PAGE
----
A new crop of devices are pushing the boundaries of what a wearable can do.
This week, Fitbit released a new fitness tracker: the Alta HR. The Alta HR’s claim to fame is that it’s the world’s thinnest fitness wristband that includes heart rate monitoring in addition to step, stair, and sleep tracking.
If you’ve been struggling to get on the wearables bandwagon, you’re not alone. The market is growing (slowly) but there’s a distinct lack of excitement from potential buyers.
“When you look at the state of the wearable industry, it’s going through growing pains right now,” BSX Technologies CEO and founder Dustin Freckleton told the Daily Dot. “Fatigue has begun to set in as the result of brand promises that are not being fulfilled by the manufacturers. It’s exciting to have heart rate put into a device, the first generation gets a lot of buzz, but after that fades, people ask what value is this providing for me?”
BSX Technologies is part of a new wave of wearable devices. These gadgets are more accurate than the majority of today’s devices, more comprehensive in terms of what information they gather, and more specific in their functionality. They also move beyond purely logging data—they use AI and modeling for predictive analytics. This can help you make better decisions, so you can better meet your personal goals. If you’re looking for a device to augment your smartphone’s capabilities, rather than just replicating them on your wrist, this growing crop of wearables could be what you’ve been holding out for.
The Fitbits and Apple Watches of today strive for mass market appeal. In recent years, most wearable makers have put a heavy focus on making devices that fit your personal style—and that’s great, because no one wants to wear something ugly. Unfortunately, besides getting smaller, the gadgetry inside these better-looking wearables remains largely unchanged. They track a variety of stats decently, but don’t excel in any particular area. And since, for the most part, they are not medical grade devices, they lack that level of accuracy.
That can be frustrating for device wearers looking to improve their lives using that information. “There’s no ability to understand something if the data you have, you can’t rely on,” Freckleton said.
And that’s why many wearables makers are moving toward clinical-grade accuracy. The Philips Health Watch is one such device that’s available now. Buyers can not only track their stats, including insights on their sleep, resting respiration rate, and resting heart rate, they can share that data with a physician—with algorithms and measurements that are proven to be accurate. Its app then uses the information it gathers to gently guide you into a healthier lifestyle.
Fitness brand Qardio’s upcoming QardioCore ECG/EKG could give athletes and those with heart conditions an unparalleled look into their cardiovascular health. For the level and granularity of data it provides—20 million data points per day—you’d normally need to monitor your heart with patches and wires. Instead, QardioCore is a chest strap you can wear discreetly underneath your clothes.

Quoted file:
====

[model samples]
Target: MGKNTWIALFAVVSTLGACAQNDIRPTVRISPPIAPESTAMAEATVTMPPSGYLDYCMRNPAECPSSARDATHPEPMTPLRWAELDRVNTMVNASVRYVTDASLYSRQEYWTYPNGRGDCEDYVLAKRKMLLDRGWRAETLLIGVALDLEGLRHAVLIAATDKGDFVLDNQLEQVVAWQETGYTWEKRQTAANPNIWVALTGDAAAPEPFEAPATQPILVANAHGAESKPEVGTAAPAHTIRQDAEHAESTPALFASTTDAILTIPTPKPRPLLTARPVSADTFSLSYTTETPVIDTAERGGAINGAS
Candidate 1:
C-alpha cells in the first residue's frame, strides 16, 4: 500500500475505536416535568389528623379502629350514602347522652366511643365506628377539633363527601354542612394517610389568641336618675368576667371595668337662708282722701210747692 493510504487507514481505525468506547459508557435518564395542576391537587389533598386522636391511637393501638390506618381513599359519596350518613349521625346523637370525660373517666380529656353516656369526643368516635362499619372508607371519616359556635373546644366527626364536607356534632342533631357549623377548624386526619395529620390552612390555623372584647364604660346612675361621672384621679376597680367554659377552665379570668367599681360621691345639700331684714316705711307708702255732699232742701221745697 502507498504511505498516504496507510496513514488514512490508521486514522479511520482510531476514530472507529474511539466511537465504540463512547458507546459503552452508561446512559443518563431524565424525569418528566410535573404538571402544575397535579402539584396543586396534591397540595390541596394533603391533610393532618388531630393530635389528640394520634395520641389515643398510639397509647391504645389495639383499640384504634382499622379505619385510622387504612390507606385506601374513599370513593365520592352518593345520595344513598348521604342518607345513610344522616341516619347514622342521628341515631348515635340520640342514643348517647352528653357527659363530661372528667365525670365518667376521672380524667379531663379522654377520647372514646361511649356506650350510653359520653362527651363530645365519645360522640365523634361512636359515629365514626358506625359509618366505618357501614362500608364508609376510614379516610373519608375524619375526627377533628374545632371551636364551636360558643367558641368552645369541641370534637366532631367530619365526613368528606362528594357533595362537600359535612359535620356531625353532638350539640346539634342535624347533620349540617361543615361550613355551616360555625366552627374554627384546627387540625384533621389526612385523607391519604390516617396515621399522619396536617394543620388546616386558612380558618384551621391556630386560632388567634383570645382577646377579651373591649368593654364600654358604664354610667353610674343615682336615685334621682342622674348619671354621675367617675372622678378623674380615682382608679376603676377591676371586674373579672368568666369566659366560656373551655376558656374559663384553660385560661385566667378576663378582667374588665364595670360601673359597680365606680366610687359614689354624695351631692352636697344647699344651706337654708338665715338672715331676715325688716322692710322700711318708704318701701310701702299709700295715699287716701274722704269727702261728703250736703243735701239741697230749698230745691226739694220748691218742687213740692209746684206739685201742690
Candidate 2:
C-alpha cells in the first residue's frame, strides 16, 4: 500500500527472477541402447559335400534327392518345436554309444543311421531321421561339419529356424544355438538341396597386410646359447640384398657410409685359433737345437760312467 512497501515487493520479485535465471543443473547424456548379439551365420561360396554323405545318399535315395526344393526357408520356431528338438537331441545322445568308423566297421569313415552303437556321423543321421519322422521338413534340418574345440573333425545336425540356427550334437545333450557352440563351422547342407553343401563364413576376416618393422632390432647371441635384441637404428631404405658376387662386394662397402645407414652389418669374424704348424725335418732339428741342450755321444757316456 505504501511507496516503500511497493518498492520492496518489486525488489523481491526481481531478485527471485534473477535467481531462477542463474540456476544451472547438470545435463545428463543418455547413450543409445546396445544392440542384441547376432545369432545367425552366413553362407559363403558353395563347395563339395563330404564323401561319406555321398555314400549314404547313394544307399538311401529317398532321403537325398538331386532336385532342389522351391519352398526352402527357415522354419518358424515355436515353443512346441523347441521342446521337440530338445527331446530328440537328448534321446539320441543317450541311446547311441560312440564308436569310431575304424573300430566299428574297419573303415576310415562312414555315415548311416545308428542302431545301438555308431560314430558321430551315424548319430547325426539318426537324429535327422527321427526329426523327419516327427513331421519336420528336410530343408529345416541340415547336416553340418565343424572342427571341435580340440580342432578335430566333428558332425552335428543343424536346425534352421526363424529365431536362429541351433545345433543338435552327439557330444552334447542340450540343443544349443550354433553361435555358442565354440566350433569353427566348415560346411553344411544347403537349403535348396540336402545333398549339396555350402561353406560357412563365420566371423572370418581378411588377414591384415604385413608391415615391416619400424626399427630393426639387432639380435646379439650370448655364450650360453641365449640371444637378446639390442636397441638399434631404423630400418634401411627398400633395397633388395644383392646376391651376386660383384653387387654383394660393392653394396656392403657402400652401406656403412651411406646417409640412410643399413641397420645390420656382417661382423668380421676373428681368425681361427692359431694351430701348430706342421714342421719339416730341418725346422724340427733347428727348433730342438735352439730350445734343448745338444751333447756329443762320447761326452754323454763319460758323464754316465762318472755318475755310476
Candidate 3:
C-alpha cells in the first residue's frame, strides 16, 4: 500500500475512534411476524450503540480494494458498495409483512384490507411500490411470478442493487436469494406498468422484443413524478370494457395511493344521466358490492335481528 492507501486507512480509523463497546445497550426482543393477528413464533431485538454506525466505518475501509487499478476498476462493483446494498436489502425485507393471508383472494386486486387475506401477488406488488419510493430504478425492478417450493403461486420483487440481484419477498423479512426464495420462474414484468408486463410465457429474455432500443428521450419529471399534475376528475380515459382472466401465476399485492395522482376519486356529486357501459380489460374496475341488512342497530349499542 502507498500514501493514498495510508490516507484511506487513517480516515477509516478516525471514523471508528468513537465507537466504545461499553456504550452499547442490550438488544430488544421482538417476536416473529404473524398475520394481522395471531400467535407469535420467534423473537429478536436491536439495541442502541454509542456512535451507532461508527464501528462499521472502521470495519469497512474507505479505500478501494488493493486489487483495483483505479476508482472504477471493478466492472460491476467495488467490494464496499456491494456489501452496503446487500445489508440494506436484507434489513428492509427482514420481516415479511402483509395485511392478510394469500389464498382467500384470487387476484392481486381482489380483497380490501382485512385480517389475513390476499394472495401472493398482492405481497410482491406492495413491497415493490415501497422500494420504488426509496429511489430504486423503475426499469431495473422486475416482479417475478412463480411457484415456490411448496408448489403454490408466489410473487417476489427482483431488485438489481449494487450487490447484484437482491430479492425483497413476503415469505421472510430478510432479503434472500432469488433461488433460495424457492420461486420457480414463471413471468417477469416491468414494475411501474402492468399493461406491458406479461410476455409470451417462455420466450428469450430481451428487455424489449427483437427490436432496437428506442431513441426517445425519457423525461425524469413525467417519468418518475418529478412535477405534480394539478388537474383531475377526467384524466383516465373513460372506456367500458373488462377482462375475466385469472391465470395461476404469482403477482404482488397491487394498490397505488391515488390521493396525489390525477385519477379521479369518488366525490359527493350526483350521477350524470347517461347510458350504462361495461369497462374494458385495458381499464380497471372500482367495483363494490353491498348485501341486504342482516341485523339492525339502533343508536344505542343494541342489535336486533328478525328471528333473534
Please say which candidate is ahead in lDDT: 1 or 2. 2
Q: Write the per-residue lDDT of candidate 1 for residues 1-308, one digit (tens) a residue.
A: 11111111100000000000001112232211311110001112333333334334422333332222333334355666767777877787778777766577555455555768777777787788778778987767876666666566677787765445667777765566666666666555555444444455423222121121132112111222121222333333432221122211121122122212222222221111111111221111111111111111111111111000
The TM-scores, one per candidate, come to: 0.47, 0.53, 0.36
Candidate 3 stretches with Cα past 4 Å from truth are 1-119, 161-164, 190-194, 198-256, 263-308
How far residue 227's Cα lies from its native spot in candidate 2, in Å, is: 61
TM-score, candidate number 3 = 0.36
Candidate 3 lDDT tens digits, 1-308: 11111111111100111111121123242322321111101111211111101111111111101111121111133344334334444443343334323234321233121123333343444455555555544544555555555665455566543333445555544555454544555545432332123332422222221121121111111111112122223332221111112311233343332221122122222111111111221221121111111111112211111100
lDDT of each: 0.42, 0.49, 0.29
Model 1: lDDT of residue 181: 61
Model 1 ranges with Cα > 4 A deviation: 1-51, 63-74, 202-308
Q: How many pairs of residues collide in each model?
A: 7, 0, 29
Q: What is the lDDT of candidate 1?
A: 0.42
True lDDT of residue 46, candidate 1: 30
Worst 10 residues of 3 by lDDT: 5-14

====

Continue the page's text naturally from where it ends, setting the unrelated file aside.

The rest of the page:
And BSX Technologies’ wrist worn LVL hydration monitor will give wearers an unprecedented scope of how their fluid intake affects their sleep, happiness, athletic performance, and overall health. Following a long day of air travel, my grandfather once experienced stroke-like symptoms from extreme dehydration. With a device like this, that could have been mitigated: It would have alerted him (and potentially a loved one or a physician) of his condition, and urged him to get some fluids, stat.
Does anyone really need this stuff?
Like computers, smartphones, fashion, and just about every other mature retail industry, consumers now have choice with their wearables. For some, a smartwatch will make the most sense as a purchase. However, the fitness tracking space is still growing (in terms of purchases, not just products). It’s here that the Fitbit could lose ground as consumers realize they can find a health tracker that’s perfect for them—for their activity level, health concerns, and even occupation.
A new pocket-friendly gadget called Dosime, for example, tracks radiation exposure. While that’s not something you or I may ever consider, for those who work around x-ray technology or jet set across the globe on a regular basis, it’s something that should be monitored—and tracking it could be useful over time.
“Health risk increases linearly with overall cumulative exposure to radiation,” Dosime CEO Thomas Logan said. “If you were empowered to measure it in real time, it gives you the ability to take mitigating actions.” That is, you might not opt for that extra CT scan after an injury if you knew you’d already surpassed the yearly recommended limit of radiation exposure.
We will soon have the option to zero in on exactly what health stats matter to us with our wearables, and buy a product that fits. Perhaps the Fitbit will never go away—there will likely always be folks who want only a generic look at their health—but it certainly could be eclipsed by the growing number of wearables that measure specialized stats, better.
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